Two hundred and eight potassium-argon age determinations carried out on Canadian rocks and minerals are reported. Each age determination is accompanied by a description of the rock and mineral concentrate used; brief interpretative comments regarding the geological significance of each age are also provided where possible. The experimental procedures employed are described in brief outline and the constants used in the calculation of ages are listed. Two geological time-scales are reproduced in tabular form for ready reference and an index of all Geological Survey of Canada K-Ar age determinations published in this format has been prepared using NTS quadrangles as the primary reference

  13. Design, Construction, and Initial Test of High Spatial Resolution Thermometry Arrays for Detection of Surface Temperature Profiles on SRF Cavities in Super Fluid Helium

    Energy Technology Data Exchange (ETDEWEB)

    Ari Palczewski, Rongli Geng, Grigory Eremeev

    2011-07-01

    We designed and built two high resolution (0.6-0.55mm special resolution [1.1-1.2mm separation]) thermometry arrays prototypes out of the Allen Bradley 90-120 ohm 1/8 watt resistor to measure surface temperature profiles on SRF cavities. One array was designed to be physically flexible and conform to any location on a SRF cavity; the other was modeled after the common G-10/stycast 2850 thermometer and designed to fit on the equator of an ILC (Tesla 1.3GHz) SRF cavity. We will discuss the advantages and disadvantages of each array and their construction. In addition we will present a case study of the arrays performance on a real SRF cavity TB9NR001. TB9NR001 presented a unique opportunity to test the performance of each array as it contained a dual (4mm separation) cat eye defect which conventional methods such as OST (Oscillating Superleak second-sound Transducers) and full coverage thermometry mapping were unable to distinguish between. We will discuss the new arrays ability to distinguish between the two defects and their preheating performance.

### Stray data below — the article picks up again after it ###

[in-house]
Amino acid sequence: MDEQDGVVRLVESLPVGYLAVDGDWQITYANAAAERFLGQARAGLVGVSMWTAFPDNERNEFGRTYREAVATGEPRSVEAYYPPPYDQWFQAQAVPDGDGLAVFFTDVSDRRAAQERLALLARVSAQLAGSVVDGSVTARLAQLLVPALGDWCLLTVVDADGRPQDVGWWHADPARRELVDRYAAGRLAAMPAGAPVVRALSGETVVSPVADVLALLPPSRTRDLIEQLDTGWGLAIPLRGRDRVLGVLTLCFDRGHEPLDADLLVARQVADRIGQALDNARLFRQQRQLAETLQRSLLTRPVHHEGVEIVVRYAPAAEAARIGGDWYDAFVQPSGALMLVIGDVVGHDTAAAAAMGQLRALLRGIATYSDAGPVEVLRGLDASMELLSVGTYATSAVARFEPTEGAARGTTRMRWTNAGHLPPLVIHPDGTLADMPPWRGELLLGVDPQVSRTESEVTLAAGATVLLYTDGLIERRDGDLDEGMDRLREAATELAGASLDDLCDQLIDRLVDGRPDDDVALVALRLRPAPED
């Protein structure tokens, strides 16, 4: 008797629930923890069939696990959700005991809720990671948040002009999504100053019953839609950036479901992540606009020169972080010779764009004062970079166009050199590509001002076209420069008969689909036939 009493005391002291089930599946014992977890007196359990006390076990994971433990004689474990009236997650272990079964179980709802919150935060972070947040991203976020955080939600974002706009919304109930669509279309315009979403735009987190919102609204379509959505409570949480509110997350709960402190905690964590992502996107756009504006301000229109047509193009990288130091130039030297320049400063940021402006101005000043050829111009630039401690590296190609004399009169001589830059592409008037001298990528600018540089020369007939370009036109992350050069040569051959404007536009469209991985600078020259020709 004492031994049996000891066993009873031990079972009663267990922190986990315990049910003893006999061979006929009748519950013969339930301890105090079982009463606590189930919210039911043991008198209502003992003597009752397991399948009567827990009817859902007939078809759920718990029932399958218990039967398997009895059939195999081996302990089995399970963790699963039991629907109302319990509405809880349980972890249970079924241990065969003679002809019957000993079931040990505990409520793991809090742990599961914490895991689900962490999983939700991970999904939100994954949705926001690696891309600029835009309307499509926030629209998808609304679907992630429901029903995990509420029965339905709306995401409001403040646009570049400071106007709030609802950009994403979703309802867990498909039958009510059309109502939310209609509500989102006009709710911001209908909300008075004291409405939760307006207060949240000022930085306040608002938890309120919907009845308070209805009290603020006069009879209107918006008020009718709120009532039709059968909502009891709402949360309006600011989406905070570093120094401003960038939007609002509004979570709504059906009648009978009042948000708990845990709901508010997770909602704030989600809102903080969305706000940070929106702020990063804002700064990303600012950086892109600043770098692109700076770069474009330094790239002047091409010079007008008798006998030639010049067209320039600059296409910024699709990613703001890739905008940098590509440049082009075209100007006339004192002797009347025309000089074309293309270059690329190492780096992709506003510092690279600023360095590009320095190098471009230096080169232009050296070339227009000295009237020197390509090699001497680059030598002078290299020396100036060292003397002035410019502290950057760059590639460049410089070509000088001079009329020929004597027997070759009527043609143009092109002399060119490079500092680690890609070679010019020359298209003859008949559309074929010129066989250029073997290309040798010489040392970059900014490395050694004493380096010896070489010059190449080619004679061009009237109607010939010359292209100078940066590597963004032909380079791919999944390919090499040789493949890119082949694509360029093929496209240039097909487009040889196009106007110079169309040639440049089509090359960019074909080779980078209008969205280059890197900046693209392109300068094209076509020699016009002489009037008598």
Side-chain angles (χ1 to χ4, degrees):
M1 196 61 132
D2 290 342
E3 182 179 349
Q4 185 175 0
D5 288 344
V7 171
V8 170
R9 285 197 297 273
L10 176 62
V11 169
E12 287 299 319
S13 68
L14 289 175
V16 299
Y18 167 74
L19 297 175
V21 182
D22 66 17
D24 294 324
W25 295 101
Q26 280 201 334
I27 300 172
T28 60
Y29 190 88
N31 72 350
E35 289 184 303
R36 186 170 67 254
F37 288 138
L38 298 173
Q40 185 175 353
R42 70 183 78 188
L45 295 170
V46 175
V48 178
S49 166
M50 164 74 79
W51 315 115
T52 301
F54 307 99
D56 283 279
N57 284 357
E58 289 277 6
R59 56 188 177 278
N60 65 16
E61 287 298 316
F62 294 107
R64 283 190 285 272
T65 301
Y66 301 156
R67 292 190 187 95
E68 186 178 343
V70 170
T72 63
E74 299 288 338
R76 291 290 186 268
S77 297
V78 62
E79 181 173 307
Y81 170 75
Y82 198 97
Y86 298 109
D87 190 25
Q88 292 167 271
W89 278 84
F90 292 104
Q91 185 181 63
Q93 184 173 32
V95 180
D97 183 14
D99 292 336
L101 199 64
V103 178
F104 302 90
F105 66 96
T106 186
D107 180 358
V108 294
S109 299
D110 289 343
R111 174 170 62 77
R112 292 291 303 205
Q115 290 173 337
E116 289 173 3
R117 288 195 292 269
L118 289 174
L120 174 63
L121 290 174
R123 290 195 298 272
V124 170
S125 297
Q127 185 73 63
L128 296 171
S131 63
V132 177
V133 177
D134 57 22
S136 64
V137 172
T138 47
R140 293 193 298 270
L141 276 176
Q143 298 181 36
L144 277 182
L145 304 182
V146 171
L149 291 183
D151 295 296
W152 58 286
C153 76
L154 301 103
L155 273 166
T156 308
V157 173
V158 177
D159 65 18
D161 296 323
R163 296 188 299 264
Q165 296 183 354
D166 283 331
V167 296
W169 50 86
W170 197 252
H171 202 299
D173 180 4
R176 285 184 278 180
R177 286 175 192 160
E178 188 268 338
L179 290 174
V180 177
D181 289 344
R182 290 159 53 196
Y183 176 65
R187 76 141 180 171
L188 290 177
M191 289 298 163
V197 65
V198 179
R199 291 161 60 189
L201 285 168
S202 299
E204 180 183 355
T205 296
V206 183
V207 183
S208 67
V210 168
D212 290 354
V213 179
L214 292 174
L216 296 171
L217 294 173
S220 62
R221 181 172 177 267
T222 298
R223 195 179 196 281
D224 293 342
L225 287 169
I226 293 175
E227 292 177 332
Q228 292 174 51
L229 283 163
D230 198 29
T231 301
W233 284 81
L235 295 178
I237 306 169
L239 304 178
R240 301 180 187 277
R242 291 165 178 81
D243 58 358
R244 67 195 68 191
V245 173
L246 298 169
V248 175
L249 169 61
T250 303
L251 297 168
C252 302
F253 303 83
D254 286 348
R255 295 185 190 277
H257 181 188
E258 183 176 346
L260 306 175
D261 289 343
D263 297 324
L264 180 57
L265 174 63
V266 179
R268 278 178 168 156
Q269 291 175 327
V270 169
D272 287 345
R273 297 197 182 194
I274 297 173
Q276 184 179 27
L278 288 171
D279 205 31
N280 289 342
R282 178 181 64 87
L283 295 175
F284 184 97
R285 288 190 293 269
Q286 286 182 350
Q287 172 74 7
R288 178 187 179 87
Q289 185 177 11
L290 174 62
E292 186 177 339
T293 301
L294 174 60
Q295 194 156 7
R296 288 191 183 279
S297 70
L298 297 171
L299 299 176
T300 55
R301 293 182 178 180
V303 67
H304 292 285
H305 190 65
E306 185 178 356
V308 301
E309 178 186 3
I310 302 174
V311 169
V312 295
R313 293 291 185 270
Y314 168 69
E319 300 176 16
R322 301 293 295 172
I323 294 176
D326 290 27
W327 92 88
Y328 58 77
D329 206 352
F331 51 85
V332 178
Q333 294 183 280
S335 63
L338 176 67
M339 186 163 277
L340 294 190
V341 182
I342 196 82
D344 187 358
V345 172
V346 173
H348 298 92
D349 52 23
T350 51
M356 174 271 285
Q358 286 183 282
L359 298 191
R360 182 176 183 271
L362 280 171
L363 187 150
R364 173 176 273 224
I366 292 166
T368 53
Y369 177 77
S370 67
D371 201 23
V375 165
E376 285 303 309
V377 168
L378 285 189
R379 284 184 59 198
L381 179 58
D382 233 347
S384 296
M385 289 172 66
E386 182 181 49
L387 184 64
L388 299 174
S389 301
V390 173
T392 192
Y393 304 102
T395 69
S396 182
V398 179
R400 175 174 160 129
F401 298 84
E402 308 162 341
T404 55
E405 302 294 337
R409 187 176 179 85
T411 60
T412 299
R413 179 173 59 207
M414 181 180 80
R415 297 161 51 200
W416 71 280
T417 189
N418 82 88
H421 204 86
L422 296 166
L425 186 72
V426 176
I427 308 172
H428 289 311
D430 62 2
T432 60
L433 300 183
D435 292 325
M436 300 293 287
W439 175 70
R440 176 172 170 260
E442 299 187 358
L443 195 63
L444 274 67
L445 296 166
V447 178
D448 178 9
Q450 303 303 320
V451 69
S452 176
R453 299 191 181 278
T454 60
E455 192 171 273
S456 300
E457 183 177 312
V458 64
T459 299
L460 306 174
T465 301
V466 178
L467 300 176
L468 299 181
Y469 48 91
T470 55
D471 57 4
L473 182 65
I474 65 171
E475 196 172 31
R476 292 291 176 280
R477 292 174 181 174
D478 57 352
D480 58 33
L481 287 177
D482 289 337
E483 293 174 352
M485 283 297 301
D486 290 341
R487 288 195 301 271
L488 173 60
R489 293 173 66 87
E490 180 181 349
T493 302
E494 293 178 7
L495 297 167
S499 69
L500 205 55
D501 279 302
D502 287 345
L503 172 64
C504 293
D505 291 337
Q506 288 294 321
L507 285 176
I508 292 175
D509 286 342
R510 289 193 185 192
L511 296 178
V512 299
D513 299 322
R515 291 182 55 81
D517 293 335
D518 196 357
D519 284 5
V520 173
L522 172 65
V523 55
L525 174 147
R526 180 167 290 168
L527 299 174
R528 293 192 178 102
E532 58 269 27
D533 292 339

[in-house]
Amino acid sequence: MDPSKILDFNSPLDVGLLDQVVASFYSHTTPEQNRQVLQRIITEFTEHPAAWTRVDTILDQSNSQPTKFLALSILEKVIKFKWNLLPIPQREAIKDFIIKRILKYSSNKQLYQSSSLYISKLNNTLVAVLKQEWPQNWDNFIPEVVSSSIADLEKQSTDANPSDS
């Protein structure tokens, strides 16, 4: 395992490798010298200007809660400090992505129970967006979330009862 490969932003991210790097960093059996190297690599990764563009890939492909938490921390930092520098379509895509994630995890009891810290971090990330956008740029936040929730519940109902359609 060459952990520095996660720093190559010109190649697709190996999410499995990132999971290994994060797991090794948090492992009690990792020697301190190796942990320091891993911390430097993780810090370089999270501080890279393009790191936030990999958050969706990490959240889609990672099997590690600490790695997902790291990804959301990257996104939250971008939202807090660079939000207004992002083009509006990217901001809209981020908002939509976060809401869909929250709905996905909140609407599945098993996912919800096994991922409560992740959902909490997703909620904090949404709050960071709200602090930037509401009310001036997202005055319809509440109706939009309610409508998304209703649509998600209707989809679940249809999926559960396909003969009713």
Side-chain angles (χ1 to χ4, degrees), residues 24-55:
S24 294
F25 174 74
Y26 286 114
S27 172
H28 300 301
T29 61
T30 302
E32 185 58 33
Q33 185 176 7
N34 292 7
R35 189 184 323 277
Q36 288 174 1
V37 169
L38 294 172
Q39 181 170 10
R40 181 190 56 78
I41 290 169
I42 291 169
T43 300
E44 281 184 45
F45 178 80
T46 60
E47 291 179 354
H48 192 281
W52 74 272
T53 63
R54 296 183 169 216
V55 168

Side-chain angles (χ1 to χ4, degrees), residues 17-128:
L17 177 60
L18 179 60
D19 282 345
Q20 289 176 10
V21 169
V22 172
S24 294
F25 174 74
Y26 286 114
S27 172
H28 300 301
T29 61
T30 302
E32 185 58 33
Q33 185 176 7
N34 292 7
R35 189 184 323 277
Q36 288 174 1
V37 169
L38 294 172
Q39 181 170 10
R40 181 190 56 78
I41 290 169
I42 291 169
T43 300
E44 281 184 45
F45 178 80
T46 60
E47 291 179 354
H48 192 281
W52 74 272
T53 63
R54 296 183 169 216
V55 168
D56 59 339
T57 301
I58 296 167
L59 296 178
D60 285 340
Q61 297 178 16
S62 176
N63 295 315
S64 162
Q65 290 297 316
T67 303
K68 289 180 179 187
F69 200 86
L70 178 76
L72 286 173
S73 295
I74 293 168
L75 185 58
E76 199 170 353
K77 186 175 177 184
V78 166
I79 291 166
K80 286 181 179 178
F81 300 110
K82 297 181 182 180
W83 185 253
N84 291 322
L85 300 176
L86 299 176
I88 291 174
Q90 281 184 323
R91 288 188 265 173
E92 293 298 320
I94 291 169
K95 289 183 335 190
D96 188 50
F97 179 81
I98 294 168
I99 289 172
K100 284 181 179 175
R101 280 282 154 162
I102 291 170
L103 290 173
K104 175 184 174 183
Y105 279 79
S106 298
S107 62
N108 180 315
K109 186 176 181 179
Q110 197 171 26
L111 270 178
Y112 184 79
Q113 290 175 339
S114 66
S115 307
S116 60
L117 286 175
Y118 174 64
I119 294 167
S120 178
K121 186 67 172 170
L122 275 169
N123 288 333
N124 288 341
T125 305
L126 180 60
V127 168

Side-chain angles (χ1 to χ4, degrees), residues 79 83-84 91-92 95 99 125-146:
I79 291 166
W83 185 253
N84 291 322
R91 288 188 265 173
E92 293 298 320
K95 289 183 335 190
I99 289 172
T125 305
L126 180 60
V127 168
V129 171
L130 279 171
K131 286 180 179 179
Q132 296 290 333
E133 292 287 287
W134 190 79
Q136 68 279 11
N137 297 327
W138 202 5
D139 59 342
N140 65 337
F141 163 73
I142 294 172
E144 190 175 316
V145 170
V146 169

14. Oxygen isotope thermometry of quartz-Al2SiO5veins in high-grade metamorphic rocks on Naxos island (Greece)

    Science.gov (United States)

    Putlitz, Benita; Valley, John; Matthews, Alan; Katzir, Yaron

    2002-04-01

    Diffusion models predict that peak metamorphic temperatures are best recorded by the oxygen isotope fractionation between minerals in a bi-mineralic rock in which a refractory accessory mineral with slow oxygen diffusion rate is modally minor to a mineral with a faster diffusion rate. This premise is demonstrated for high-grade metamorphism on the island of Naxos, Greece, where quartz-kyanite oxygen isotope thermometry from veins in high-grade metamorphic pelites gives temperatures of 635-690 °C. These temperatures are in excellent agreement with independent thermometry for the regional M2 peak metamorphic conditions and show that the vein minerals isotopically equilibrated at the peak of metamorphism. Quartz-sillimanite fractionations in the same veins give similar temperatures (680+/-35 °C) and suggest that the veins grew near to the kyanite-sillimanite boundary, corresponding to pressures of 6.5 to 7.5 kbar for temperatures of 635-685 °C. By contrast, quartz-kyanite and quartz-biotite pairs in the host rocks yield lower temperature estimates than the veins (590-600 and 350-550 °C, respectively). These lower apparent temperatures are also predicted from calculations of diffusional resetting in the polyphase host-rock system. The data demonstrate that bimineralic vein assemblages can be used as accurate thermometers in high-temperature rocks whereas retrograde exchange remains a major problem in many polymineralic rocks.